Data-Informed, not “Data-Driven.”

Standard

This is a good read fromΒ Alyse Consiglio, who is the Principal at John F. Kennedy Catholic High School in Warren, Ohio (my alma mater!). Being a parochial school, JFK students aren’t subjected to the state test requirements that public schools are. But Mrs. Consiglio makes several good points that should be considered in the larger debate about state testing. She writes:

Test results aren’t useless. I personally looked at all JFK test results from 2016-17 and will continue to do so as our results return this year. I analyze our strengths and weaknesses as a school. I make copies and highlight relevant data, and every teacher receives a copy of their students’ results and my notes for the classes. Teachers break down scores by student to try and understand what is working and what needs work. The key part of this process is thatΒ we take this score as just one piece of the puzzle. Our students have so many talents. How they perform one day on one test does not define their worth as a student. I would emphatically say that no staff member at JFK treats any of our students as a score on a test. This is why we areΒ data-informed and not “data-driven.”Β This data is just part of the evidence of student achievement. It is not the entire story.

She is spot on here. Our legislators and educational higher-ups have pushed these state tests as a way of measuring student achievement (and teacher effectiveness). But is it an accurate portrayal?

How can a teacher expect a student to achieve on a test when they come to school tired from staying up late with younger siblings because their parents are at work? Or they are hungry because instead of food, their parents spent money on drugs or alcohol? Or their medication isn’t working because their parents sold it? These are real situations that teachers face every day – I know, I’m married to one.Β Every student is differentΒ so by its very definition, asking them to take aΒ standardized testΒ is folly.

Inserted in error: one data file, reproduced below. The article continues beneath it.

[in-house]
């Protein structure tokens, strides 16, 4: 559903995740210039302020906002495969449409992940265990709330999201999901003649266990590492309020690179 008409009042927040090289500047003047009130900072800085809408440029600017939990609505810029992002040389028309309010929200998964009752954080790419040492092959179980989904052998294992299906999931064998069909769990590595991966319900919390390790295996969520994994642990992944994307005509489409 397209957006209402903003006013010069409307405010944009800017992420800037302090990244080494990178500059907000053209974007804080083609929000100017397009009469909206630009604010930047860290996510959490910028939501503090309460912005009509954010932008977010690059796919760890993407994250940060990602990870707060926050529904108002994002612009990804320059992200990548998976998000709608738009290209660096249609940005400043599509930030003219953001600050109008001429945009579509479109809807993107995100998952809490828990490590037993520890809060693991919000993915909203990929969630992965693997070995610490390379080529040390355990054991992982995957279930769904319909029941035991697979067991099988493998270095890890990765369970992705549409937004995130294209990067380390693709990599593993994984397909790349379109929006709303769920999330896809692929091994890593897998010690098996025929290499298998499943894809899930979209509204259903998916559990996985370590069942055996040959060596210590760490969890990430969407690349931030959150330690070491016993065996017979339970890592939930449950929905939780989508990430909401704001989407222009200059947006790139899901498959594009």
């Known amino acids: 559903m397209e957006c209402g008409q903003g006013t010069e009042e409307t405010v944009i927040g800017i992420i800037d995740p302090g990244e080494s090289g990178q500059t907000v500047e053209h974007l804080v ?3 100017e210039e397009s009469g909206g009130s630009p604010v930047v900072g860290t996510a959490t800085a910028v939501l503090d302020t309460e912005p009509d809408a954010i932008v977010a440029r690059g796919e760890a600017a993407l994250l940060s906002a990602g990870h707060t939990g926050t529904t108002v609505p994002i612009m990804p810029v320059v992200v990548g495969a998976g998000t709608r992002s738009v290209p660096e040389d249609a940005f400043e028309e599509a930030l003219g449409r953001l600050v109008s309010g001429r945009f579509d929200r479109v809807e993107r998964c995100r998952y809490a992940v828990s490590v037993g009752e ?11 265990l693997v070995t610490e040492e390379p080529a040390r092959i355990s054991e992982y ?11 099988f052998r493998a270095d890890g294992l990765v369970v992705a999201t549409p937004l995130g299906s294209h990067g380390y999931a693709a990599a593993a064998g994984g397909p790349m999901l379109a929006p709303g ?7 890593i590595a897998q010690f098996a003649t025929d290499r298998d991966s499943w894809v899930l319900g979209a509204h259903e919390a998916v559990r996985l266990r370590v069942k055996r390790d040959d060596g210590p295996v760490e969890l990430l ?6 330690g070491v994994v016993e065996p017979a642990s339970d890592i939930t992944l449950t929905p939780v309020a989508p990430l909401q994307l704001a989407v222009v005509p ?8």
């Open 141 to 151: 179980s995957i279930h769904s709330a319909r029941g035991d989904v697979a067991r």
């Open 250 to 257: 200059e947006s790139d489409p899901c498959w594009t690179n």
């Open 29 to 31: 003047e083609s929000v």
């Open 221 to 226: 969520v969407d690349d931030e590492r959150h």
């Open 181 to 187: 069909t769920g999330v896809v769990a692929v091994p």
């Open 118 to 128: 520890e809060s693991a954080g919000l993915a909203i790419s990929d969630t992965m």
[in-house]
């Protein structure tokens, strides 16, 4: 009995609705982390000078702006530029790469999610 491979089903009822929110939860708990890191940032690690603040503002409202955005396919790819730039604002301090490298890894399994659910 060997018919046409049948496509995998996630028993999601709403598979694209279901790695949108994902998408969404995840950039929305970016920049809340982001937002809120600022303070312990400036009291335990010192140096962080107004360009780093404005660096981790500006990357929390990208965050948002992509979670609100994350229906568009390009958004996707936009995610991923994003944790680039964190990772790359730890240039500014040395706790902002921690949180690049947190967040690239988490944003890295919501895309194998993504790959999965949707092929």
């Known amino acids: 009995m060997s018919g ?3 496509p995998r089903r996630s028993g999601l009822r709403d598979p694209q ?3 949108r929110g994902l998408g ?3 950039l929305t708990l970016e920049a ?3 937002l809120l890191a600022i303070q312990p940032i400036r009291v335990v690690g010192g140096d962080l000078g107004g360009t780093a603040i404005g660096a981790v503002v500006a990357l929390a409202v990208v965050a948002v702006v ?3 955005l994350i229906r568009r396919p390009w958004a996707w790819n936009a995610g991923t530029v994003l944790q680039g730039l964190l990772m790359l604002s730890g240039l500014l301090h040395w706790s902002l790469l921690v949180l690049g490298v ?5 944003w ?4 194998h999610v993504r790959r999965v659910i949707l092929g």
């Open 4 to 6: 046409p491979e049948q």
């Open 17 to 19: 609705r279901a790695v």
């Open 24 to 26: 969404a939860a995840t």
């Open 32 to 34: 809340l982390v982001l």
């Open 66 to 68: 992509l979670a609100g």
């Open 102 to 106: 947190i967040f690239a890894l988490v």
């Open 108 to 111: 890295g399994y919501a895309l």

Every day teachers are educating students with various, sometimes ugly, backgrounds. They are imparting knowledge and wisdom, sharing compassion and love. How can a test measure this? And what about the students? Where is the joy of learning? I’ll tell you, it’s been killed by standardized testing.

From Psychology Today:

We know that for most children, kindergarten is anticipated with awe and enthusiasm – especially when one or older siblings are already in school… The idea of being a student is exciting. Most kindergarten or first grade students speak passionately about what they learn and do in school. Then, as years progress, burdensome memorization and test preparation are emphasized at the cost of diminished discovery, inquiry, and project-based learning. As school stops engaging children’s imaginations, boredom and frustration replace joy, and learning stops.

Our legislators and educational administrations would benefit from a very careful read of Mrs. Consiglio’s blog postΒ – and note the title: “Test Less. Smile More.” Then they should reflect on it, and see how freeing students from the heavy burden of testing can make education relevant, effective, and (dare I say it?), fun!